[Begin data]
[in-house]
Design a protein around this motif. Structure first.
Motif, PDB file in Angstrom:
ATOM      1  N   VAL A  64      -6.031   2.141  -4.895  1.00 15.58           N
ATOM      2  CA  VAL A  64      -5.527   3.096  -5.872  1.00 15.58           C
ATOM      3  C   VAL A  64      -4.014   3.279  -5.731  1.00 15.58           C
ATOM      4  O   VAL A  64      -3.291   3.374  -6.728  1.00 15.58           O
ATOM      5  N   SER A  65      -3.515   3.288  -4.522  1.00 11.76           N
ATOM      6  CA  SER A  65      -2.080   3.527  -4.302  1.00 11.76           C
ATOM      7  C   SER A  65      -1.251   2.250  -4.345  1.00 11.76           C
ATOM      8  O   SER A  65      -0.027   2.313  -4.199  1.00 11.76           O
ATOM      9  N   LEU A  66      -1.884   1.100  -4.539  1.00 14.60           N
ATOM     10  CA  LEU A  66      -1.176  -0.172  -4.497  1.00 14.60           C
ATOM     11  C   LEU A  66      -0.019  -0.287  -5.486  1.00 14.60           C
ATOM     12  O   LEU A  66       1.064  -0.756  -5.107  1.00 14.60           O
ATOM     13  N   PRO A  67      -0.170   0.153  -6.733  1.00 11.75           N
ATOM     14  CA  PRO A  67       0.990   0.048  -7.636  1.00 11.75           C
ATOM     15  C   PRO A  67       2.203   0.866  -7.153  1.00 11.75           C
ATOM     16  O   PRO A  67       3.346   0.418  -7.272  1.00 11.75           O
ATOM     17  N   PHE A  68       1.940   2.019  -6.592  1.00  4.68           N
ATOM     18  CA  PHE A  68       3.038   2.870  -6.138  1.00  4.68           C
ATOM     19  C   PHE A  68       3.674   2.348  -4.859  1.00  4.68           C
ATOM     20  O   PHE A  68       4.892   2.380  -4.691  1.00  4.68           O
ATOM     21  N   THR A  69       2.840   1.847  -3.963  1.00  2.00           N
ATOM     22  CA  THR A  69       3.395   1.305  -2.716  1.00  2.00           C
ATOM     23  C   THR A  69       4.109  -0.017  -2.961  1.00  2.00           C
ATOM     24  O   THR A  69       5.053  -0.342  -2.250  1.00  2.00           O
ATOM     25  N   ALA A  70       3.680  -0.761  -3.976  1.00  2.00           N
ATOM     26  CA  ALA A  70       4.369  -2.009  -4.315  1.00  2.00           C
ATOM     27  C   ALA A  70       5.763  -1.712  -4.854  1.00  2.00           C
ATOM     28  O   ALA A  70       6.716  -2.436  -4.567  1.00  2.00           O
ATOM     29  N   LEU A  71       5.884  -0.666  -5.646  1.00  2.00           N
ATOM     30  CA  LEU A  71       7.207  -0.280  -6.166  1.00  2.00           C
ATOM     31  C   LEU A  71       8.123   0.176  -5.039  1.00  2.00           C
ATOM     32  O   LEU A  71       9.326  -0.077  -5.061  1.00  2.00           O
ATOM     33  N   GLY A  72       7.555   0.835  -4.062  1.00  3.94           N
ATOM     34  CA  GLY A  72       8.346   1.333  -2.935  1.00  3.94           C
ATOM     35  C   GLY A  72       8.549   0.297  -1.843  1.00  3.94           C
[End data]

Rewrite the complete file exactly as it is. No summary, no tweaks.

[in-house]
Design a protein around this motif. Structure first.
Motif, PDB file in Angstrom:
ATOM      1  N   VAL A  64      -6.031   2.141  -4.895  1.00 15.58           N
ATOM      2  CA  VAL A  64      -5.527   3.096  -5.872  1.00 15.58           C
ATOM      3  C   VAL A  64      -4.014   3.279  -5.731  1.00 15.58           C
ATOM      4  O   VAL A  64      -3.291   3.374  -6.728  1.00 15.58           O
ATOM      5  N   SER A  65      -3.515   3.288  -4.522  1.00 11.76           N
ATOM      6  CA  SER A  65      -2.080   3.527  -4.302  1.00 11.76           C
ATOM      7  C   SER A  65      -1.251   2.250  -4.345  1.00 11.76           C
ATOM      8  O   SER A  65      -0.027   2.313  -4.199  1.00 11.76           O
ATOM      9  N   LEU A  66      -1.884   1.100  -4.539  1.00 14.60           N
ATOM     10  CA  LEU A  66      -1.176  -0.172  -4.497  1.00 14.60           C
ATOM     11  C   LEU A  66      -0.019  -0.287  -5.486  1.00 14.60           C
ATOM     12  O   LEU A  66       1.064  -0.756  -5.107  1.00 14.60           O
ATOM     13  N   PRO A  67      -0.170   0.153  -6.733  1.00 11.75           N
ATOM     14  CA  PRO A  67       0.990   0.048  -7.636  1.00 11.75           C
ATOM     15  C   PRO A  67       2.203   0.866  -7.153  1.00 11.75           C
ATOM     16  O   PRO A  67       3.346   0.418  -7.272  1.00 11.75           O
ATOM     17  N   PHE A  68       1.940   2.019  -6.592  1.00  4.68           N
ATOM     18  CA  PHE A  68       3.038   2.870  -6.138  1.00  4.68           C
ATOM     19  C   PHE A  68       3.674   2.348  -4.859  1.00  4.68           C
ATOM     20  O   PHE A  68       4.892   2.380  -4.691  1.00  4.68           O
ATOM     21  N   THR A  69       2.840   1.847  -3.963  1.00  2.00           N
ATOM     22  CA  THR A  69       3.395   1.305  -2.716  1.00  2.00           C
ATOM     23  C   THR A  69       4.109  -0.017  -2.961  1.00  2.00           C
ATOM     24  O   THR A  69       5.053  -0.342  -2.250  1.00  2.00           O
ATOM     25  N   ALA A  70       3.680  -0.761  -3.976  1.00  2.00           N
ATOM     26  CA  ALA A  70       4.369  -2.009  -4.315  1.00  2.00           C
ATOM     27  C   ALA A  70       5.763  -1.712  -4.854  1.00  2.00           C
ATOM     28  O   ALA A  70       6.716  -2.436  -4.567  1.00  2.00           O
ATOM     29  N   LEU A  71       5.884  -0.666  -5.646  1.00  2.00           N
ATOM     30  CA  LEU A  71       7.207  -0.280  -6.166  1.00  2.00           C
ATOM     31  C   LEU A  71       8.123   0.176  -5.039  1.00  2.00           C
ATOM     32  O   LEU A  71       9.326  -0.077  -5.061  1.00  2.00           O
ATOM     33  N   GLY A  72       7.555   0.835  -4.062  1.00  3.94           N
ATOM     34  CA  GLY A  72       8.346   1.333  -2.935  1.00  3.94           C
ATOM     35  C   GLY A  72       8.549   0.297  -1.843  1.00  3.94           C